• Macbeth


    Early editions of hamlet

    Early Editions of Hamlet

    First Quarto (1603)

    • For Hamlet, the First Quarto presents a "bad" or memorially reconstructed text.

    • Some scholars believe that these came from minor players remembering and dictating the play, although others have discredited this theory. In Hamlet, they believe that the actor playing Marcellus does this.


    Early editions of hamlet1

    Early Editions of Hamlet

    • The First Quarto text of Hamlet presents a much more sympathetic vision of Gertrude; she swears to assist Hamlet in his revenge, for example.

    • A scene between Gertrude and Horatio exists in this version and disappears in later ones. Gertrude is told the news that Hamlet tells in his letter to Horatio, thus establishing her as Hamlet’s ally.


    Early editions of hamlet2

    Early Editions of Hamlet

    Second Quarto (1604).

    • J. D. Wilson showed in 1934 that this quarto was prepared from Shakespeare’s original manuscript or possibly from a corrected edition of the First Quarto.

    • The Second Quarto has about 200 lines not in the Folio.


    Early editions of hamlet3

    Early Editions of Hamlet

    First Folio (1623)

    • Contains 18 plays previously printed in quarto editions and 18 others that would not otherwise have survived.


    Early editions of hamlet4

    Early Editions of Hamlet

    • The Folio edition has stage directions.

    • The Folio edition includes about 90 lines not in the Second quarto.


    To be or not to be in the folio

    “To be or not to be” in the Folio

    To be, or not to be, that is the question:

    Whether ‘tis nobler in the mind to suffer

    The slings and arrows of outrageous fortune,

    Or to take arms against a sea of troubles,

    And by opposing, end them. To die, to sleep—

    No more, and by a sleep to say we end

    The heart-ache and the thousand natural shocks

    That flesh is heir to . . .


    To be or not to be in the quarto

    “To be or not to be” in the Quarto

    To be or not to be, ay there’s the point;

    To die, to sleep, is that all? Ay, all.

    No, to sleep, to dream; ay marry, there it goes.

    For in that dream of death, when we awake

    And borne before an everlasting judge,

    From whence no passenger ever returned,

    The undiscovered country, at whose sight

    The happy smile, and the accursed damned . .


    Sources

    Sources

    • Thomas Kyd's Hamlet in the 1580s (now lost); this is referred to as the “Ur-Hamlet.”

    • Thomas Kyd's Spanish Tragedy (1587) (Revenge tragedy)


    Sources1

    Sources

    • Saxo Grammaticus's Historica Danica written in second half of twelfth century


    Sources2

    Sources

    • Shakespeare also may have used volume 5 (1570) of Histoires tragiques, a free translation of Saxo by François de Belleforest.

    • The Hystorie of Hamblet, an English version of Belleforest's work, was published in London in 1608, after Shakespeare’s Hamlet had been performed.


    Sources3

    Sources

    • From Harold Bloom, Shakespeare: The Invention of the Human

    • Bloom believes that Shakespeare himself wrote the ur-Hamlet play from 1589 and that he made several changes in this version.


    Sources4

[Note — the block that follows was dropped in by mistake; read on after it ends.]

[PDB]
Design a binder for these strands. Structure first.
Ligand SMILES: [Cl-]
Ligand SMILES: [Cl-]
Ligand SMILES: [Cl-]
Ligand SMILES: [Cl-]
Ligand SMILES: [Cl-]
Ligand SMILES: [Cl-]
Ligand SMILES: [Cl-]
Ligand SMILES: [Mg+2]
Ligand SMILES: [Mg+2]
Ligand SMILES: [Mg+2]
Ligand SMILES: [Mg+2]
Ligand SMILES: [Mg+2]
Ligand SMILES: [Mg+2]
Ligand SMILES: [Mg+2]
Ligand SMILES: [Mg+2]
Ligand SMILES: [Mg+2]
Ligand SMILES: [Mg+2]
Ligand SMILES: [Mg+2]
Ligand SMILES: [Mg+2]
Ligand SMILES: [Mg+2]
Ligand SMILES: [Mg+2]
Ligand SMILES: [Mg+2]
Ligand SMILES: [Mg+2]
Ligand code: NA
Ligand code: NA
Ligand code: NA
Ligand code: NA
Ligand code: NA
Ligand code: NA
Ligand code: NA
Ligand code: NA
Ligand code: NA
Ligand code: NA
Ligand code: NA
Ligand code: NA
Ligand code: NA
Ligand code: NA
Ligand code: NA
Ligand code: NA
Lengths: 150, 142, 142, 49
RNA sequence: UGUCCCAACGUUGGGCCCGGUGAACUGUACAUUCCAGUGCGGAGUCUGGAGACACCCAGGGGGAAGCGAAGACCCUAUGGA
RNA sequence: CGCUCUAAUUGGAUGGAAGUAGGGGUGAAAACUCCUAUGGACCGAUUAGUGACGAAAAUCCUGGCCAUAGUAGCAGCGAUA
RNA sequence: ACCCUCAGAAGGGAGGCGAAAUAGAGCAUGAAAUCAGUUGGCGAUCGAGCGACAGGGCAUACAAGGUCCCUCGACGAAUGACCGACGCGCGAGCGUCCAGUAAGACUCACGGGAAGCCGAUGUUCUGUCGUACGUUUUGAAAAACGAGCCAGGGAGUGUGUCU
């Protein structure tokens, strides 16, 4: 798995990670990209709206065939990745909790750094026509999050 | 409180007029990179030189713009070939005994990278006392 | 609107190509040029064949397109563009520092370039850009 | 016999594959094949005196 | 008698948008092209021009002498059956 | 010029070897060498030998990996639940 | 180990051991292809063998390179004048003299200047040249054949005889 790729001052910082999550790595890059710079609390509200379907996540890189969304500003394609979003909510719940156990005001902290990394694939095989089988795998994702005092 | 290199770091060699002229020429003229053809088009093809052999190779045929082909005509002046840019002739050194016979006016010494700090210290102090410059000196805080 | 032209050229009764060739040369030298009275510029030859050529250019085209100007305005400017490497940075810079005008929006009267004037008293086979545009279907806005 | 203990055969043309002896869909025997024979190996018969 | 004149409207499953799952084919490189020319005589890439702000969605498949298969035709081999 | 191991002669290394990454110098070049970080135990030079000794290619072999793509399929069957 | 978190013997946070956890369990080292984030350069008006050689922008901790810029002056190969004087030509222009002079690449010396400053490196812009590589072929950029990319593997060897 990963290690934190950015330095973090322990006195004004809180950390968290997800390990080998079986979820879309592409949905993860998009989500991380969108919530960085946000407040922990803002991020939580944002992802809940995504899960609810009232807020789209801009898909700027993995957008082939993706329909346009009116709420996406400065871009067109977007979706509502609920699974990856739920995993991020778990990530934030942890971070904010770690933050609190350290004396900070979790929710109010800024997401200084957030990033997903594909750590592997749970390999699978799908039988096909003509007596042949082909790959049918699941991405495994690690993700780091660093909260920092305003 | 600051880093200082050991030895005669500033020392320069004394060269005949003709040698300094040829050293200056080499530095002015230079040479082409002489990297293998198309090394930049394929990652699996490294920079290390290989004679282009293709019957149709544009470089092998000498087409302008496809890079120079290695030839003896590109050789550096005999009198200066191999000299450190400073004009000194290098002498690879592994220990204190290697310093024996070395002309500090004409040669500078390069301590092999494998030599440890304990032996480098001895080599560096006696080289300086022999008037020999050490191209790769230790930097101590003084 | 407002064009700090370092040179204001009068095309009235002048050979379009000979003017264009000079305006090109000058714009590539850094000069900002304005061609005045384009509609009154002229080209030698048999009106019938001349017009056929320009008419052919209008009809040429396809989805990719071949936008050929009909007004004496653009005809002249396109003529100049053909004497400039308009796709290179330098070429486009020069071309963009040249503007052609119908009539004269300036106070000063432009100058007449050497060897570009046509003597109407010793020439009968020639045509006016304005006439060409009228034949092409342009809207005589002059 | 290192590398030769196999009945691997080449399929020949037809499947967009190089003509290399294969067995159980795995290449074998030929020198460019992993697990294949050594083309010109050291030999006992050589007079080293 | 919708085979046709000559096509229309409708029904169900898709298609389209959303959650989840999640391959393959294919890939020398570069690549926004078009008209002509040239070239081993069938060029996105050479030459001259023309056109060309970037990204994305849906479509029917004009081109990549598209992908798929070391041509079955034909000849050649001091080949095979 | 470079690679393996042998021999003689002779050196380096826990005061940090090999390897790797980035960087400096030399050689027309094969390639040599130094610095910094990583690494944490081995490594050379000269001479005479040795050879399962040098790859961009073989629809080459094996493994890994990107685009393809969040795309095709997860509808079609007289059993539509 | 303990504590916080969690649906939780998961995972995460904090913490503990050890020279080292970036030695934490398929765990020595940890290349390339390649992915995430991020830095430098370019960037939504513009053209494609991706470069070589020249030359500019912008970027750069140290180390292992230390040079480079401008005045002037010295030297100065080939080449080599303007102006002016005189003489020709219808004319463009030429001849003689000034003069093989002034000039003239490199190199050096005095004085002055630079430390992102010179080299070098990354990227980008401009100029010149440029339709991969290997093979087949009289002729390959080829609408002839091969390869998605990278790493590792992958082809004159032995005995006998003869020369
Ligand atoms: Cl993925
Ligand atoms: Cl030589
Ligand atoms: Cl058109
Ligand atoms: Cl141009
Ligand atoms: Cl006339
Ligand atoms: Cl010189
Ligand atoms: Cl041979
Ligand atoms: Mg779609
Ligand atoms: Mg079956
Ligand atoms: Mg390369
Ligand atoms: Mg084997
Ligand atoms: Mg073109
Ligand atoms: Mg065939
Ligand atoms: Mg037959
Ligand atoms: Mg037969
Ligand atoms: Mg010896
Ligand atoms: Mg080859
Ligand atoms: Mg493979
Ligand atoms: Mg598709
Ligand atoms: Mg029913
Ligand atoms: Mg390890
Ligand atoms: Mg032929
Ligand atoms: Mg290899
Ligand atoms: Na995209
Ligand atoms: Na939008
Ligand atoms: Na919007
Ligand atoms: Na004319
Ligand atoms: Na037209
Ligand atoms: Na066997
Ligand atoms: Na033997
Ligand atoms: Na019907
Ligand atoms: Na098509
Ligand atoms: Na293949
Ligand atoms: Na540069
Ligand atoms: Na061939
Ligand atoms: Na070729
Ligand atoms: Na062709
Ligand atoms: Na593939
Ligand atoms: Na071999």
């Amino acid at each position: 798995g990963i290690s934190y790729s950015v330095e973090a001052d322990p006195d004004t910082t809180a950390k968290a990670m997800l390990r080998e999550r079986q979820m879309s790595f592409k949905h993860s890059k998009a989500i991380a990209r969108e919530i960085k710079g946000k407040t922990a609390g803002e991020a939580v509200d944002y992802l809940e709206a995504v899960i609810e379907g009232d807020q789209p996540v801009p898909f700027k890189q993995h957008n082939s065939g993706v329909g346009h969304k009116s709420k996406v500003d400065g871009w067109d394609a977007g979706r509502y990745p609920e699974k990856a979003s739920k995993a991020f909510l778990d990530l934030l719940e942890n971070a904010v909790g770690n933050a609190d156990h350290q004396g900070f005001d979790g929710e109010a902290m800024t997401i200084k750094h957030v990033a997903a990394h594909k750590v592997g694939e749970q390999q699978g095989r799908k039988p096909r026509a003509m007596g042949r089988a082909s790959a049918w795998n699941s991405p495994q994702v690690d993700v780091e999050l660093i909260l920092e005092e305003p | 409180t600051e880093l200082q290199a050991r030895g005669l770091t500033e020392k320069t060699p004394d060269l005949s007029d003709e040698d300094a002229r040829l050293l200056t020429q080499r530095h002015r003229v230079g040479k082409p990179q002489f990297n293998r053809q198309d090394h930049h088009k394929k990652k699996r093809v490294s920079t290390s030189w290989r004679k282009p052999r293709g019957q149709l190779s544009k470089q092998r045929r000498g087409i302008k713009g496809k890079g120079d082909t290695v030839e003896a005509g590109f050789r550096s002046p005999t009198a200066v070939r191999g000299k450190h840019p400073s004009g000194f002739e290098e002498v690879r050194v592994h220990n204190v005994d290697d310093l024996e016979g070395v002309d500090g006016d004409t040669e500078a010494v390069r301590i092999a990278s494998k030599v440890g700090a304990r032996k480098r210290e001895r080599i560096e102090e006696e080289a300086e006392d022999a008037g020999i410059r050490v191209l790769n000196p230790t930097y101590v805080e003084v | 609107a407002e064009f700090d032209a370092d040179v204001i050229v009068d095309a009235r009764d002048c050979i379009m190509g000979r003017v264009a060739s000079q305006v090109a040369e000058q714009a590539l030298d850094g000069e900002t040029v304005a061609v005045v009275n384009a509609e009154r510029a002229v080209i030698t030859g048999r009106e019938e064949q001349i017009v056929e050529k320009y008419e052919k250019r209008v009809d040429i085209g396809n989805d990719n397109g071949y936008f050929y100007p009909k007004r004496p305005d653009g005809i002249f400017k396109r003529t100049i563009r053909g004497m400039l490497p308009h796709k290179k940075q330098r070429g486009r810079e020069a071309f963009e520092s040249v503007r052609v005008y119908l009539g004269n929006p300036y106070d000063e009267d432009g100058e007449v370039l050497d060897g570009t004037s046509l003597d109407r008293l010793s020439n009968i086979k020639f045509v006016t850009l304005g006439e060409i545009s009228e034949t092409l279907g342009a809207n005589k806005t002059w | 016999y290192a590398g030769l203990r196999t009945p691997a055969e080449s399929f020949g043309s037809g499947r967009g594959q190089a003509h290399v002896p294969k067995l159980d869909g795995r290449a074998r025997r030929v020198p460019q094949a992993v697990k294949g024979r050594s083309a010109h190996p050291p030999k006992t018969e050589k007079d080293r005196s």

Sources

    • The Ghost (which Shakespeare probably played) is less prominent in the version of Hamlet that we know.


    Why is shakespeare s english so weird

    Why is Shakespeare’s English so weird?

    • Don’t be fooled by the excellence of the language! This is Modern English! It is, however, about 400 years old, and things do change over time.

    • The most obvious of changes is the use of distinct second person familiar pronouns. Today, we call this “you, singular.” But once this was not the same as “you, plural.” These singular pronouns are: Thou, Thee, Thy and Thine. See your grammar notes on usage!

    • Another change is obvious in the conjugation of certain verbs: hadst; wouldst; and the like.

    • Verbs occasionally took inflected endings in the past participle: closèd, blessèd, loathèd


    Why is shakespeare s english so weird1

    Why is Shakespeare’s English so weird?

    • Shakespeare often inverts the syntax of his sentences for poetic reasons, and this sometimes confuses students: Make sure you can tell where the subject and verb of the sentence are. Think about what the pronouns refer to. This will help a bit in understanding the sentence.

    • Shakespeare also uses many, many words, and is credited with creating many that are now in common usage. He is also good at making one word serve two purposes by using more than one meaning of a word at a clip! (Double entendres, or puns.) You will need a good dictionary when reading Shakespeare!


    Example of old english from beowulf

    Example of Old English (from Beowulf)

    • Sigon þa to slæpe.Sum sare angeald

    • æfen-ræste,swa him ful oft gelalmp

    • siþðan gold-sele Grendel warode,

    • unriht æfnde, oþþæt ende becwom,

    • swylt æfter synnum. þæt gesyne wearþ,

    • wid-cup werum, þætte wrecend þa gyt

    • lifde æfter laþum, lange þrage,

    • æfter guð-ceare. Grendles modor,

    • ides, aglæc-wif yrmþe gemunde,

    • se þe wæter-egesan wunian scolde,

    • cealde streamas, siþðan Cain wearð

    • to ecg-banan angan breþer,

    • fæderen-mæge; he þa fag gewat,


    Example of middle english from chaucer s canterbury tales

    Example of Middle English,from Chaucer’s Canterbury Tales

    • Whan that Aprill with his shoures sote

    • The droghte of Marche hath perced to the rote,

    • And bathed every veyne in swich licour

    • Of which vertu engendred is the flour;

    • Whan Zephirus eek with his swete breeth

    • Inspired hath in every holt and heeth

    • The tendre croppes, and the yonge sonne

    • Hath in the Ram his halfe cours y-ronne,

    • And smale fowles maken melodye,


  • Login